In re Cornerstone Therapeutics Inc. S’holder Litig., C.A. No. 564, 2014 (Del. May 14, 2015) & Leal v. Meeks, C.A. No. 706, 2014 (Del. May 14, 2015)
In these interlocutory appeals, the Delaware Supreme Court resolved a long-standing split in Delaware authorities by ruling that independent directors (including members of a special committee negotiating a transaction with a controlling stockholder) who are protected by a Section 102(b)(7) exculpatory charter provision will be entitled to dismissal from a case challenging a controlling stockholder transaction unless the stockholder-plaintiff asserts well-pled, non-exculpated claims for breach of fiduciary duty against the independent directors.
Both cases involved a post-closing damages action by stockholder-plaintiffs arising from a going-private merger effected by a controlling stockholder. Each merger was negotiated by a special committee of independent directors and was ultimately approved by the holders of a majority of the stock held by minority holders. Each merger also involved a transaction price that represented a substantial premium to the pre-announced market price. Neither transaction, however, qualified for business judgment review under Kahn v. M&F Worldwide Corp., 88 A.3d 635 (Del. 2014), because the controllers’ merger proposals were not conditioned from the outset on “majority of the minority” stockholder approval. Thus, the entire fairness standard presumptively applied to each challenged transaction. In each case, the relevant company charters included an exculpatory provision from liability for breaches of the fiduciary duty of care pursuant to 8 Del. C. § 102(b)(7).
The independent director defendants moved to dismiss on the ground that the claims against them asserted no more than a breach of the fiduciary duty of care, for which they could not be personally liable by operation of the Section 102(b)(7) exculpatory provision. The independent directors argued that in several cases the Court of Chancery had dismissed claims against independent directors when the plaintiffs failed to plead non-exculpated claims even though the entire fairness standard applied. The Court of Chancery relied on Emerald Partners v. Berlin, 787 A.2d 85 (Del. 2001), and denied the independent directors’ motions. The Court held that where entire fairness applies, independent directors must remain in the case through trial, regardless of whether the plaintiffs had sufficiently pled any non-exculpated claims against them.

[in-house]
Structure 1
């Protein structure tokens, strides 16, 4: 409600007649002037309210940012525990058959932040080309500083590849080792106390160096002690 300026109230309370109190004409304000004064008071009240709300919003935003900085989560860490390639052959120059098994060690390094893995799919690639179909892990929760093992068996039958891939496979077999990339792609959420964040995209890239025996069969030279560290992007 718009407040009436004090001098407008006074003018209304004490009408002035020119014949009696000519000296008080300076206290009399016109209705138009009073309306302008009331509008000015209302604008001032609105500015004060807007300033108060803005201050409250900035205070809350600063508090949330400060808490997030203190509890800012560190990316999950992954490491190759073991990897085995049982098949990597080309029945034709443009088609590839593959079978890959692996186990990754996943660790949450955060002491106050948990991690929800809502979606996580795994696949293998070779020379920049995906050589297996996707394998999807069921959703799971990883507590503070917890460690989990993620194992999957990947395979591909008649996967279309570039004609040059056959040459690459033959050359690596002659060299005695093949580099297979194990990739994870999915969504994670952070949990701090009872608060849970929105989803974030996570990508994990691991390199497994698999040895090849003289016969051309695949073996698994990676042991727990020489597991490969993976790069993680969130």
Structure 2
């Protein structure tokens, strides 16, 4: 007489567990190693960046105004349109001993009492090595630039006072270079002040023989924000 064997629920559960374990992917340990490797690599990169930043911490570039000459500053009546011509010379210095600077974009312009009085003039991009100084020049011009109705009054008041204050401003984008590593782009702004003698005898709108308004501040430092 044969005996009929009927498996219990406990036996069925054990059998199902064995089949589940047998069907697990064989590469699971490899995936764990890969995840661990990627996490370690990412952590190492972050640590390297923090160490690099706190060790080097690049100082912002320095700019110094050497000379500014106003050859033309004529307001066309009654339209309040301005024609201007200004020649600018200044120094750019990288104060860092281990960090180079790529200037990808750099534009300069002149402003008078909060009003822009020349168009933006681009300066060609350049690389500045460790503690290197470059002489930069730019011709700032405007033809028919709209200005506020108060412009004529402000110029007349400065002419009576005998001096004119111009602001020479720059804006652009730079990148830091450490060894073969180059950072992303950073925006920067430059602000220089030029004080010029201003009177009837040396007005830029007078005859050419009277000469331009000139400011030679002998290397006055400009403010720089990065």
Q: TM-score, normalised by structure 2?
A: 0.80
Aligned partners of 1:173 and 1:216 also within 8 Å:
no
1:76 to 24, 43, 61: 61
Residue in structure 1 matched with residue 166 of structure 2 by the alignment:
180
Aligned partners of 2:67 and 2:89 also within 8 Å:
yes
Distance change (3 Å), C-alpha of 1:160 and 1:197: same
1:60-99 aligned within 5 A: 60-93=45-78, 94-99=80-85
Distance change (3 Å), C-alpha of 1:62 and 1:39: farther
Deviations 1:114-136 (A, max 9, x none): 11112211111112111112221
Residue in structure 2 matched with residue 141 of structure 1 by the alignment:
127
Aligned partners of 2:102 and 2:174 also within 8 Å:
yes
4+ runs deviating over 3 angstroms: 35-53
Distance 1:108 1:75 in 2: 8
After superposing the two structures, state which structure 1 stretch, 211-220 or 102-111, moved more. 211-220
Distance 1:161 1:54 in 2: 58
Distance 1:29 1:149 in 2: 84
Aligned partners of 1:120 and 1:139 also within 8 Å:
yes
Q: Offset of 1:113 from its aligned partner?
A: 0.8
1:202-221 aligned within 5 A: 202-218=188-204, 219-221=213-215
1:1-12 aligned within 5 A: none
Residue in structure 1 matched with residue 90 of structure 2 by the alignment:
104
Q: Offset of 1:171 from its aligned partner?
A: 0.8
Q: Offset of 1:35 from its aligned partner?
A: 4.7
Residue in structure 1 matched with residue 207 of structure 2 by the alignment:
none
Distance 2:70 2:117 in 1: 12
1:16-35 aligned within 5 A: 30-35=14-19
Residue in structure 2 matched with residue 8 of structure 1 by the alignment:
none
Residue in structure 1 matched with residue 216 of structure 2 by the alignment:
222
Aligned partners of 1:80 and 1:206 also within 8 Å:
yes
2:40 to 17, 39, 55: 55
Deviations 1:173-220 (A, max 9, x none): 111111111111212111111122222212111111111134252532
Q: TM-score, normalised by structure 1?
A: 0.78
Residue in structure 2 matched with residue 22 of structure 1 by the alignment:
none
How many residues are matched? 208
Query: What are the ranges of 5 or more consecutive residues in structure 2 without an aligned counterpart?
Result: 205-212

The Delaware Supreme Court reversed, holding that “plaintiffs must plead a non-exculpated claim for breach of fiduciary duty against an independent director protected by an exculpatory charter provision, or that director will be entitled to be dismissed from the suit . . . regardless of the underlying standard of review for the transaction.” Thus, “even if a plaintiff has pled facts that, if true, would require the transaction to be subject to the entire fairness standard of review, and the interested parties to face a claim for breach of their duty of loyalty, the independent directors do not automatically have to remain defendants.” Rather, “[w]hen the independent directors are protected by an exculpatory charter provision and the plaintiffs are unable to plead a non-exculpated claim against them, those directors are entitled to have the claims against them dismissed[.]” The Court noted that a plaintiff can plead non-exculpated claims against an independent director by “pleading facts supporting a rational inference that the director harbored self-interest adverse to the stockholders’ interests, acted to advance the self-interest of an interested party from whom they could not be presumed to act independently, or acted in bad faith.”
The Supreme Court also discussed the underlying policy factors that support its holding, noting that requiring independent directors to remain defendants solely because plaintiffs stated a claim against the controlling shareholder and its affiliates would increase costs for disinterested directors, corporations, and stockholders, without providing a corresponding benefit. Requiring independent directors to remain defendants would also ultimately harm minority stockholders in practice because such a policy would discourage independent directors from serving on special committees or cause them to reject transactions solely because their role in negotiating on behalf of the stockholders would cause them to remain defendants until the end of any litigation challenging the transaction. The Court noted that the reason Section 102(b)(7) was adopted was to eliminate the fear of personal liability for making potentially value-maximizing business decisions.
Lastly, the Supreme Court clarified its prior ruling in Emerald Partners v. Berlin. Emerald Partners focused on a distinct situation: “whether courts can consider the effect of a Section 102(b)(7) provision before trial when the plaintiffs have pled facts supporting the inference not only that each director breached not just his duty of care, but also his duty of loyalty, when the applicable standard of review of the underlying transaction is entire fairness.” In a circumstance such as Emerald Partners, the determination of whether any failure of the independent directors was the result of either disloyalty or a lapse in care or both is best determined after a trial “because the substantive fairness inquiry would shed light on why the directors acted as they did.”
The Supreme Court remanded the cases to the Court of Chancery to determine whether the plaintiffs have sufficiently pled non-exculpated claims against the independent directors.